David Bourget (Western Ontario)
David Chalmers (ANU, NYU)
Rafael De Clercq
Ezio Di Nucci
Jack Alan Reynolds
Learn more about PhilPapers
Biology and Philosophy 24 (1):147-154 (2009)
Through the last half of the nineteenth century and the ﬁrst part of the twentieth, no scientist more vigorously defended Darwinian theory than the German Ernst Haeckel (1834–1919). More people learned of the new ideas through his voluminous publications, translated into numerous languages, than through any other source, including Darwin’s own writings. He enraged many of his contemporaries, especially among the religiously orthodox; and the enmity between evolutionary theory and religious fundamentalism that still burns brightly today may in large measure be attributed to Haeckel’s unremitting attacks on the ingressions of religion into science. Though he retained a life-long friendship with and the support of Darwin, some in the scientiﬁc community who were critical of evolutionary theory—Emil Du Bois-Reymond, Rudolf Virchow, and Louis Agassiz, for instance—accused him of deception. That charge has been renewed in our time based on seemingly incontrovertible evidence. In a Science magazine article published in 1997, ‘‘Haeckel’s Embryos: Fraud Rediscovered,’’ Haeckel, was indicted of having intentionally misrepresented embryological development (Pennisi 1997). The article reported that the work of Michael Richardson and his colleagues demonstrated this malfeasance through a comparison of Haeckel’s illustrations of early-stage embryos with photographs of the same species at a comparable stage (see Fig. 1). The photos showed embryos of various species that differed among themselves and certainly from Haeckel’s images. The differences were striking and the implication obvious: fraudulent misrepresentation. Richardson, as quoted in the article, afﬁrmed the charge: ‘‘It looks like it’s turning out to be one of the most famous fakes in biology’’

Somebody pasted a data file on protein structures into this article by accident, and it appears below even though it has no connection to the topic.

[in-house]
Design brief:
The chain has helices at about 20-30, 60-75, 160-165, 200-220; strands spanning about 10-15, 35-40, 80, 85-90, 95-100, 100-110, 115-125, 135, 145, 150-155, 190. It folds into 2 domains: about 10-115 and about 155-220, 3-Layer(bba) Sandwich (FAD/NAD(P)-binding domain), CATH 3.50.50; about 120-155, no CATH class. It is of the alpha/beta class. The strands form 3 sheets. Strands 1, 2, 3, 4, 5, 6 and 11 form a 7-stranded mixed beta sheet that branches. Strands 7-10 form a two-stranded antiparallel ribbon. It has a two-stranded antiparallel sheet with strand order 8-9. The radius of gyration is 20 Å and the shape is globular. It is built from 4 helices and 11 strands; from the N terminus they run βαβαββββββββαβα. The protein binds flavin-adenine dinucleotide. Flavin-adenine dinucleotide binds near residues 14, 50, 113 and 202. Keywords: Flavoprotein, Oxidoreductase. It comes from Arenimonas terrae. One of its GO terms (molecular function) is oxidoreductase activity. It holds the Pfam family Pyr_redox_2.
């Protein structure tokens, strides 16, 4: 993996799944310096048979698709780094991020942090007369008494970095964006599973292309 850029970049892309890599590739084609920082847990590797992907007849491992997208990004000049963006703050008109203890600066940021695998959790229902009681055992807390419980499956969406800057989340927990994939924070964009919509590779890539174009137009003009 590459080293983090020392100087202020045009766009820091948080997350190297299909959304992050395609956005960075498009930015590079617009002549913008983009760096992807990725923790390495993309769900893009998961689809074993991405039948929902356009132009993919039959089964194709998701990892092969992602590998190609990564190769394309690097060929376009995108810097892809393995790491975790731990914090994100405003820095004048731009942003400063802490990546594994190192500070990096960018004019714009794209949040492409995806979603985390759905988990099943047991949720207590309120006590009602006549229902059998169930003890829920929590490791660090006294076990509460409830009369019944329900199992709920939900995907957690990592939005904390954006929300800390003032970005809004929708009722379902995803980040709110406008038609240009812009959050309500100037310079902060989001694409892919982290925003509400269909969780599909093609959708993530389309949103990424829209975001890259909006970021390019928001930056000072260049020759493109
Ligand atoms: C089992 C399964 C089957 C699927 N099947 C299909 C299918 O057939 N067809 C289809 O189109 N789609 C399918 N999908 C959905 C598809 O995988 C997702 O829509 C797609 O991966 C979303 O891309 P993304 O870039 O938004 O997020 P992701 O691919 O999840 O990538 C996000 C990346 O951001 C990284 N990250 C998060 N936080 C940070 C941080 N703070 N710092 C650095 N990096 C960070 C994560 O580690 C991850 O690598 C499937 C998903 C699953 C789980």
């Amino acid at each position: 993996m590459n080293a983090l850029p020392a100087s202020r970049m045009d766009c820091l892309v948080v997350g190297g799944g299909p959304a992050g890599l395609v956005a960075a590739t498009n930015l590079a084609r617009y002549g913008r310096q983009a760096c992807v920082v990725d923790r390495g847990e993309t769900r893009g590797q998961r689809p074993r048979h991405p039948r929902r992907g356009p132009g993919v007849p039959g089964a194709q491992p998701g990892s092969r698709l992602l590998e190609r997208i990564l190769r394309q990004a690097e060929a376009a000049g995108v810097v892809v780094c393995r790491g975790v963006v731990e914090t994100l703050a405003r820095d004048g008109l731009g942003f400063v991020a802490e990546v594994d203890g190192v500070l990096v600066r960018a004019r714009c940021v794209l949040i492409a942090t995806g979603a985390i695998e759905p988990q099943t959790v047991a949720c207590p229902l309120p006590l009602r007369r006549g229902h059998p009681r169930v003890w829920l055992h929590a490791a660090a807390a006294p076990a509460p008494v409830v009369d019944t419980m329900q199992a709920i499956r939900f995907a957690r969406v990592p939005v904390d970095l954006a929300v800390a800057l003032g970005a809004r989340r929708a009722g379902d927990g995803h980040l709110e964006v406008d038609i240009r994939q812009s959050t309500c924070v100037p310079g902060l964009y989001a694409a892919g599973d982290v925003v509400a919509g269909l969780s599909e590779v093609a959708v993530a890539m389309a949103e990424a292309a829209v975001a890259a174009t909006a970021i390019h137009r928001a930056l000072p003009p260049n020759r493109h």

|Keywords||Philosophy Evolutionary Biology Philosophy of Biology|
|Categories||categorize this paper)|
Setup an account with your affiliations in order to access resources via your University's proxy server
Configure custom proxy (use this if your affiliation does not provide a proxy)
|Through your library|
References found in this work BETA
Stephen Jay Gould (2003). The Hedgehog, the Fox and the Magister's Pox: Mending the Gap Between Science and the Humanities. Jonathan Cape.
Citations of this work BETA
No citations found.
Similar books and articles
J. S. MacKenzie (1895). Book Review:Monism, as Connecting Religion and Science. Ernst Haeckel. [REVIEW] Ethics 5 (3):403-.
David H. DeGrood (1965). Haeckel's Theory of the Unity of Nature. Boston, Christopher Pub. House.
Robert J. Richards, The Foundation of Ernst Haeckel's Evolutionary Project in Morphology, Aesthetics, and Tragedy.
Robert Richards (2007). Ernst Haeckel's Alleged Anti-Semitism and Contributions to Nazi Biology. Biological Theory 2 (1):97-103.
Mario A. Di Gregorio (2002). Reflections of a Nonpolitical Naturalist: Ernst Haeckel, Wilhelm Bleek, Friedrich Müller and the Meaning of Language. Journal of the History of Biology 35 (1):79 - 109.
Ernst Heinrich Philipp August Haeckel (1900/1968). The Riddle of the Universe at the Close of the Nineteenth Century. Grosse Pointe, Mich.,Scholarly Press.
Added to index2009-01-28
Total downloads71 ( #58,295 of 1,793,258 )
Recent downloads (6 months)10 ( #79,368 of 1,793,258 )
How can I increase my downloads?